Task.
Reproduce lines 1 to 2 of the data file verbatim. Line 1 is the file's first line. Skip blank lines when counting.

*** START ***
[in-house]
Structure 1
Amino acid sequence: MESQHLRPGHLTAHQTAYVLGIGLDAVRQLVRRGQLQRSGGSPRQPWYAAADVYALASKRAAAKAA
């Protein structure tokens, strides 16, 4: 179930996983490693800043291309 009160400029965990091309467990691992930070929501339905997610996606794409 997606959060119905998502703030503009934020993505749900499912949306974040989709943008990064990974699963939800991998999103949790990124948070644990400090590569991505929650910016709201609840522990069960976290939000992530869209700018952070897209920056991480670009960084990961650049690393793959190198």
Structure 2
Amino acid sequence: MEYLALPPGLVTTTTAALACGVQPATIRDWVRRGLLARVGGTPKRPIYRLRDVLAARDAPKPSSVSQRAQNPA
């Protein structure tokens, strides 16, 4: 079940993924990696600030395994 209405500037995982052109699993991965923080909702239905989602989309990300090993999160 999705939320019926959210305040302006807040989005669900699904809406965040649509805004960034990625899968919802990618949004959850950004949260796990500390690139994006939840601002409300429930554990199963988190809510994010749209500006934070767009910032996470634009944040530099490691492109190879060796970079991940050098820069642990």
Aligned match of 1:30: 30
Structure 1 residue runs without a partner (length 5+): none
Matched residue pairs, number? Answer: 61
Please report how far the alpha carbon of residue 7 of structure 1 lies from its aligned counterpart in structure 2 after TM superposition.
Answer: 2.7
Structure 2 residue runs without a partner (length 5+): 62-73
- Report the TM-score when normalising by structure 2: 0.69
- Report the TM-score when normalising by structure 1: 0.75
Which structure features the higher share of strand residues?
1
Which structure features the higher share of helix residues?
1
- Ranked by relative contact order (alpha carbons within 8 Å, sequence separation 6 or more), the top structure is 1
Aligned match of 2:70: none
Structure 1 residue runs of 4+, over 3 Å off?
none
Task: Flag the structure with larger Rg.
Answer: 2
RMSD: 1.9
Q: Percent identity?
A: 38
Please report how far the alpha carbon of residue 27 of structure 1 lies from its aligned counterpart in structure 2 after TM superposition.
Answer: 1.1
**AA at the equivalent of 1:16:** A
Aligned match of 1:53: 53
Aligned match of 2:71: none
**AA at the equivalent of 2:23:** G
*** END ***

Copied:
[in-house]
Structure 1